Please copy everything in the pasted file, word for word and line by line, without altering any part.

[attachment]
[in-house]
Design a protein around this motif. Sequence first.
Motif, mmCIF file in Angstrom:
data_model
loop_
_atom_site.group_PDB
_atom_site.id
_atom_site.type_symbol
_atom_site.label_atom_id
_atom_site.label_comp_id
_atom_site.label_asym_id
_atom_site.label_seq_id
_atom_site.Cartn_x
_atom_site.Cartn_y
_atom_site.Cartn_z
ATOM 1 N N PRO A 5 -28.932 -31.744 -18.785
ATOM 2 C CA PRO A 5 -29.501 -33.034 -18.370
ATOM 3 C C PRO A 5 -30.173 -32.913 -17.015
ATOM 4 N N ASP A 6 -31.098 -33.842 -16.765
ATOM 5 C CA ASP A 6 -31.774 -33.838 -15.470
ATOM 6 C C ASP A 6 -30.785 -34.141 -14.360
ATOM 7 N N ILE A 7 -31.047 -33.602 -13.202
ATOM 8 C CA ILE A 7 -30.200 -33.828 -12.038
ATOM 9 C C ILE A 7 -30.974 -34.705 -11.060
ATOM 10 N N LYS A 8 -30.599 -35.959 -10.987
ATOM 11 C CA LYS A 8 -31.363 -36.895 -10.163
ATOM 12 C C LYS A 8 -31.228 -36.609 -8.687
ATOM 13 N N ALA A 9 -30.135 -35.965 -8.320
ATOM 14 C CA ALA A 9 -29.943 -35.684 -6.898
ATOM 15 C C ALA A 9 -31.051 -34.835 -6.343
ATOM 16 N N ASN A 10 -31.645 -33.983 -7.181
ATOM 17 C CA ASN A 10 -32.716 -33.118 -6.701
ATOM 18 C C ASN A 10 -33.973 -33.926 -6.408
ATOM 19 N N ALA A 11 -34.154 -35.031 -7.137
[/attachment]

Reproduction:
[in-house]
Design a protein around this motif. Sequence first.
Motif, mmCIF file in Angstrom:
data_model
loop_
_atom_site.group_PDB
_atom_site.id
_atom_site.type_symbol
_atom_site.label_atom_id
_atom_site.label_comp_id
_atom_site.label_asym_id
_atom_site.label_seq_id
_atom_site.Cartn_x
_atom_site.Cartn_y
_atom_site.Cartn_z
ATOM 1 N N PRO A 5 -28.932 -31.744 -18.785
ATOM 2 C CA PRO A 5 -29.501 -33.034 -18.370
ATOM 3 C C PRO A 5 -30.173 -32.913 -17.015
ATOM 4 N N ASP A 6 -31.098 -33.842 -16.765
ATOM 5 C CA ASP A 6 -31.774 -33.838 -15.470
ATOM 6 C C ASP A 6 -30.785 -34.141 -14.360
ATOM 7 N N ILE A 7 -31.047 -33.602 -13.202
ATOM 8 C CA ILE A 7 -30.200 -33.828 -12.038
ATOM 9 C C ILE A 7 -30.974 -34.705 -11.060
ATOM 10 N N LYS A 8 -30.599 -35.959 -10.987
ATOM 11 C CA LYS A 8 -31.363 -36.895 -10.163
ATOM 12 C C LYS A 8 -31.228 -36.609 -8.687
ATOM 13 N N ALA A 9 -30.135 -35.965 -8.320
ATOM 14 C CA ALA A 9 -29.943 -35.684 -6.898
ATOM 15 C C ALA A 9 -31.051 -34.835 -6.343
ATOM 16 N N ASN A 10 -31.645 -33.983 -7.181
ATOM 17 C CA ASN A 10 -32.716 -33.118 -6.701
ATOM 18 C C ASN A 10 -33.973 -33.926 -6.408
ATOM 19 N N ALA A 11 -34.154 -35.031 -7.137